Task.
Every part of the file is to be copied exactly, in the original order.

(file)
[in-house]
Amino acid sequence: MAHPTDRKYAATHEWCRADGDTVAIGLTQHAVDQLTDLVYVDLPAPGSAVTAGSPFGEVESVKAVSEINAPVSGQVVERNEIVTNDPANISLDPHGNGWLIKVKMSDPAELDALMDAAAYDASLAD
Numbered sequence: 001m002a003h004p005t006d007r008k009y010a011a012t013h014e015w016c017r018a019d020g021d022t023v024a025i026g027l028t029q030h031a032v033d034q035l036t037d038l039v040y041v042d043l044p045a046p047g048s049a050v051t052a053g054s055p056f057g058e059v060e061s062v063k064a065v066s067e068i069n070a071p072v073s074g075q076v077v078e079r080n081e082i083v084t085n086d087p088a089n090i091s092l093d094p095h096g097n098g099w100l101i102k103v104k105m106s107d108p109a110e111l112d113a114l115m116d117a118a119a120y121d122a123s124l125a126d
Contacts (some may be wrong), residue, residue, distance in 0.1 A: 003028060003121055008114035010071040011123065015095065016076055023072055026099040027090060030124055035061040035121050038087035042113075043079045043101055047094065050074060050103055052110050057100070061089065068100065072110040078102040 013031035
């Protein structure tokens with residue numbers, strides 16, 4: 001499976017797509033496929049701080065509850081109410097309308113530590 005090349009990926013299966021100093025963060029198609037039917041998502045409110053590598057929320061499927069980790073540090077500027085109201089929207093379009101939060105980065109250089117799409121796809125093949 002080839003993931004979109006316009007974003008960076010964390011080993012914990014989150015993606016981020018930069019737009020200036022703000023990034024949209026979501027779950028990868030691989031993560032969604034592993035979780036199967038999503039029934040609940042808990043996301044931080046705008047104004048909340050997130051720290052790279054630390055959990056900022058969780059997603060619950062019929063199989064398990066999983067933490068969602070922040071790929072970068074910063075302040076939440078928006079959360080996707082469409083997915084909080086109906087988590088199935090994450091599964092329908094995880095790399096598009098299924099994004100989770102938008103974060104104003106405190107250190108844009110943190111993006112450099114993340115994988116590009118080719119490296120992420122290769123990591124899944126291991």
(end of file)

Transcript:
[in-house]
Amino acid sequence: MAHPTDRKYAATHEWCRADGDTVAIGLTQHAVDQLTDLVYVDLPAPGSAVTAGSPFGEVESVKAVSEINAPVSGQVVERNEIVTNDPANISLDPHGNGWLIKVKMSDPAELDALMDAAAYDASLAD
Numbered sequence: 001m002a003h004p005t006d007r008k009y010a011a012t013h014e015w016c017r018a019d020g021d022t023v024a025i026g027l028t029q030h031a032v033d034q035l036t037d038l039v040y041v042d043l044p045a046p047g048s049a050v051t052a053g054s055p056f057g058e059v060e061s062v063k064a065v066s067e068i069n070a071p072v073s074g075q076v077v078e079r080n081e082i083v084t085n086d087p088a089n090i091s092l093d094p095h096g097n098g099w100l101i102k103v104k105m106s107d108p109a110e111l112d113a114l115m116d117a118a119a120y121d122a123s124l125a126d
Contacts (some may be wrong), residue, residue, distance in 0.1 A: 003028060003121055008114035010071040011123065015095065016076055023072055026099040027090060030124055035061040035121050038087035042113075043079045043101055047094065050074060050103055052110050057100070061089065068100065072110040078102040 013031035
């Protein structure tokens with residue numbers, strides 16, 4: 001499976017797509033496929049701080065509850081109410097309308113530590 005090349009990926013299966021100093025963060029198609037039917041998502045409110053590598057929320061499927069980790073540090077500027085109201089929207093379009101939060105980065109250089117799409121796809125093949 002080839003993931004979109006316009007974003008960076010964390011080993012914990014989150015993606016981020018930069019737009020200036022703000023990034024949209026979501027779950028990868030691989031993560032969604034592993035979780036199967038999503039029934040609940042808990043996301044931080046705008047104004048909340050997130051720290052790279054630390055959990056900022058969780059997603060619950062019929063199989064398990066999983067933490068969602070922040071790929072970068074910063075302040076939440078928006079959360080996707082469409083997915084909080086109906087988590088199935090994450091599964092329908094995880095790399096598009098299924099994004100989770102938008103974060104104003106405190107250190108844009110943190111993006112450099114993340115994988116590009118080719119490296120992420122290769123990591124899944126291991």